NEW DATA ROUNDS OUT DISMAL YEAR FOR TURNBULL GOVERNMENT ON HOUSING AND HOMELESSNESS

15 Dec 2016

Data on demand for specialist homelessness services released by the Australian Institute of Health and Welfare (AIHW) for 2015-2016 provide further evidence of the failure of the Turnbull government’s policies on funding for homelessness services.

SENATOR THE HON DOUG CAMERON
SHADOW MINISTER FOR HOUSING AND HOMELESSNESS
SHADOW MINISTER FOR SKILLS AND APPRENTICESHIPS
SENATOR FOR NEW SOUTH WALES

NEW DATA ROUNDS OUT DISMAL YEAR FOR TURNBULL GOVERNMENT ON HOUSING AND HOMELESSNESS

Data on demand for specialist homelessness services released by the Australian Institute of Health and Welfare (AIHW) for 2015-2016 provide further evidence of the failure of the Turnbull government’s policies on funding for homelessness services.

The AIHW data shows:

  • Specialist homelessness services provided assistance to 279,000 people (one in 85 Australians) in 2015-2016. Six in ten clients were female and one in four indigenous;
  • Each day, 275 requests for assistance were unable to be met;
  • Almost 40 percent of clients sought support as a result of domestic and family violence;
  • About one in clients were people with a disability;
  • One in four clients who received assistance had a current metal health issue;
  • Indigenous people continue to be over-represented among homelessness service clients – one in four compared to one in 33 for the general population;
  • Just over half of unaccompanied young people presenting to service providers were already homeless at the time they sought support; and
  • Sixty percent of older clients were already living alone prior to accessing specialist homelessness services.

Specialist homelessness services need adequate, secure, long-term funding to meet the needs of an increasing number of people who are homeless or at risk of homelessness.

In its disastrous and discredited 2014 budget, the Abbott government cut $44 million a year from the Federal Government’s contribution to the National Partnership Agreement on Homelessness (NPAH). The Coalition’s cuts so far come to $88 million.

To make matters worse, the government has refused to provide long-term funding certainty; forcing homelessness service providers to operate from year to year.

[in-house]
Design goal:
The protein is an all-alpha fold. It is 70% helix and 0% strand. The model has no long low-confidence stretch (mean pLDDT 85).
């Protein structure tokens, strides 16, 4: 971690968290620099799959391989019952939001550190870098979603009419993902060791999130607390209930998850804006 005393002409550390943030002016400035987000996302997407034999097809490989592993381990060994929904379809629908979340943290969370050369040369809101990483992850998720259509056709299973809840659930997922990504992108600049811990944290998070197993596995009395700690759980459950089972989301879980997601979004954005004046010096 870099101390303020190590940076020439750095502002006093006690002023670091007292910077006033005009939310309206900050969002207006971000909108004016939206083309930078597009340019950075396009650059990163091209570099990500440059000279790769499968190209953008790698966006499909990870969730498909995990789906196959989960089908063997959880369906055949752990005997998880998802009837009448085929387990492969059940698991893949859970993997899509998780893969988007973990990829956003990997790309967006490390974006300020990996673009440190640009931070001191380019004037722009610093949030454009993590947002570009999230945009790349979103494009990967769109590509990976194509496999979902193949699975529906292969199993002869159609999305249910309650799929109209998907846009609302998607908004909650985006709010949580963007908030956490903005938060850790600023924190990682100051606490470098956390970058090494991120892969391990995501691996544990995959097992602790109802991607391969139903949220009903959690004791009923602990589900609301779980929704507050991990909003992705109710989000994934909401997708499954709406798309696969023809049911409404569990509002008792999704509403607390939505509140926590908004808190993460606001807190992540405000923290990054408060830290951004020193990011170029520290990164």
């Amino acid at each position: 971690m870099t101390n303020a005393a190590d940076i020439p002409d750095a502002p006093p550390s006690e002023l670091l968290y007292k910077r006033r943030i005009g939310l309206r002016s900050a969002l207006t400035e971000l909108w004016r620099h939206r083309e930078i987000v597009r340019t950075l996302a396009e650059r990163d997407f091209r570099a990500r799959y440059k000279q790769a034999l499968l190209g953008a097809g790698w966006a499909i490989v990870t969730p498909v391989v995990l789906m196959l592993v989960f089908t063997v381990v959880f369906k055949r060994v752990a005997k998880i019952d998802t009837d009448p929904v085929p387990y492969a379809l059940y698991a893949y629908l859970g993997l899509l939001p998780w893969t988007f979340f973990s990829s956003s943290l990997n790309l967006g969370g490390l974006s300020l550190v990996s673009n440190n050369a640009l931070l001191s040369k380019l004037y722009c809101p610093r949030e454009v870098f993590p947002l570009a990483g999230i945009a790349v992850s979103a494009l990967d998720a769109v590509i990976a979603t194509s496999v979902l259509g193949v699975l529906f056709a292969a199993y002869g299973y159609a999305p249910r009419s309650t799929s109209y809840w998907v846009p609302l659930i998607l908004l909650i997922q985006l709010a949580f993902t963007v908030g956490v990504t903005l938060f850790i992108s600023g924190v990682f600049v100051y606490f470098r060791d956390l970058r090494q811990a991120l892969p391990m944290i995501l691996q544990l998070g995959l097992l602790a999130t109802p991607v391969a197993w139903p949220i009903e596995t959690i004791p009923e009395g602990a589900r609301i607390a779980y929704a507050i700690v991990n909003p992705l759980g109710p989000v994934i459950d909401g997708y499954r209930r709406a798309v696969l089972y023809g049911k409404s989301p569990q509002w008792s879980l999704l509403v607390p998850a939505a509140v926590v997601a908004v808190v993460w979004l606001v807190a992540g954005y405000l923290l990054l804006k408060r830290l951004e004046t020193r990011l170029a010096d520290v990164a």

At last week’s Council of Australian Governments meeting, the Turnbull government announced a paltry $2 million a year funding increase and a mere twelve month extension to the NPAH.

At the 2016 election, Labor committed to provide secure, long-term funding to homelessness service providers and commence negotiations with the states and territories on a national plan to achieve a target of halving homelessness by 2025.

Labor also committed to providing $88 million over two years for a Safe Housing program, to improve transitional housing options for women and children escaping domestic and family violence.

The AIHW data on who is accessing specialist homelessness services rounds out an absolutely dismal year for the Turnbull government on housing and homelessness policy. It has been a year in which the Turnbull government:

  • Displayed its utter cowardice by refusing to reform negative gearing and capital gains tax concessions on property;
  • Tried to shift blame and responsibility for the housing affordability crisis to the states and territories;
  • Refused to provide long-term funding certainty for specialist homelessness services; and
  • Persisted with its mean and unwarranted cuts to homelessness funding under the NPAH.

“It is my sincere hope that the Prime Minister and his Social Services Minister get both a backbone and a heart for Christmas. If they can get some courage and compassion, 2017 might be just that little bit brighter for people experiencing homelessness and for the people who are having their aspirations for home ownership dashed by the Turnbull government’s policy failures”, Labor’s Shadow Minister for Housing and Homelessness, Senator Doug Cameron said.

THURSDAY, 15 DECEMBER 2016